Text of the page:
Perched somewhat precariously atop a hill overlooking the village of Hohenschwangau in southwest Bavaria, Germany is the fanciful and fair-tale-like castle of Schloss Neuschwanstein. This 19th century Romanesque Revival castle was commissioned by Ludwig II of Bavaria as a retreat and in honor of the composer Richard Wagner.
The inspiration for the construction of Neuschwanstein Castle came from two journeys in 1867 where King Ludwig II saw two chateaus that represented the romantic interpretation of the Middle Ages. The king was also captivated by the musical mythology of his friend Richard Wagner, whose operas sparked an imaginative impression on the king.
Construction began in 1868, and at the end of 1882 Ludwig was able to take temporary lodgings there and observe the ongoing construction work. The transport of building materials was facilitated by scaffolding and a steam crane that lifted the material to the construction site. The work never seemed to end, as the king had a long list of expansions and changes. These constant demands ultimately made the castle the principal employer of the region for two decades.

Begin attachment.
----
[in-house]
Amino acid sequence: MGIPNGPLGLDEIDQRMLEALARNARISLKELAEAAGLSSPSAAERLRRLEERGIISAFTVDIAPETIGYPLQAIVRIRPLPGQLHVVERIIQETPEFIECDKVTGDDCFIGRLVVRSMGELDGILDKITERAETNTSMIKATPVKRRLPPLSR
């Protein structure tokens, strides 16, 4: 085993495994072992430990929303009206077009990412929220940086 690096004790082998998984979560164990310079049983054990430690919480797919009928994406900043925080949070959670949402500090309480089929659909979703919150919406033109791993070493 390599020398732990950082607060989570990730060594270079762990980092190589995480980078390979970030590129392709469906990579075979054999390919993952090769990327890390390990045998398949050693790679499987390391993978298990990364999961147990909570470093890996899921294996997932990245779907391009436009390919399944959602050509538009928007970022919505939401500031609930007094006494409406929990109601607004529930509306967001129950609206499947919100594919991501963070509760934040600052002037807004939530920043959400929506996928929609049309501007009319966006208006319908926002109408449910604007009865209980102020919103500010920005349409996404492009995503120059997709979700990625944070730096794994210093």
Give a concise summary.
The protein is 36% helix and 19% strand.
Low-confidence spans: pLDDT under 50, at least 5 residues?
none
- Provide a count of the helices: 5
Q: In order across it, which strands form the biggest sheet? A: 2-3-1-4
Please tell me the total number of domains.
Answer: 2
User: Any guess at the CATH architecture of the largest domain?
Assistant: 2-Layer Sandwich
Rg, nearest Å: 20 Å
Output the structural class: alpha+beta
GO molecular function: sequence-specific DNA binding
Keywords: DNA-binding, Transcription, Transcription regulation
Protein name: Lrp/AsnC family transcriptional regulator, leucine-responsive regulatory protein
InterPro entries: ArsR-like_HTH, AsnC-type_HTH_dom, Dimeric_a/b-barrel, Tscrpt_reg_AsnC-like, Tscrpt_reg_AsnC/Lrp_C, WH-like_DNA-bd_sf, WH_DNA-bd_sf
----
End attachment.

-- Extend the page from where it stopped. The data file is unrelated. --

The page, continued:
As the king’s demands expanded during the construction, so did the expenses. Estimated costs were revised repeatedly, and even after his debts had reached 14 million marks, Ludwig insisted on the continuation of his architectural projects. He died under mysterious circumstances in the shallow shore water of Lake Starnberg near Berg Castle in June 1886 after being deposed by the Bavarian Government. At the time of his death he had only spent a total of 11 nights in the castle.
The palace was open to the public shortly after Ludwig’s death. This decision has allowed over 61 million people to visit the mythological palace. Annually it is estimated that 1.3 million visitors gawk at its enchanted halls.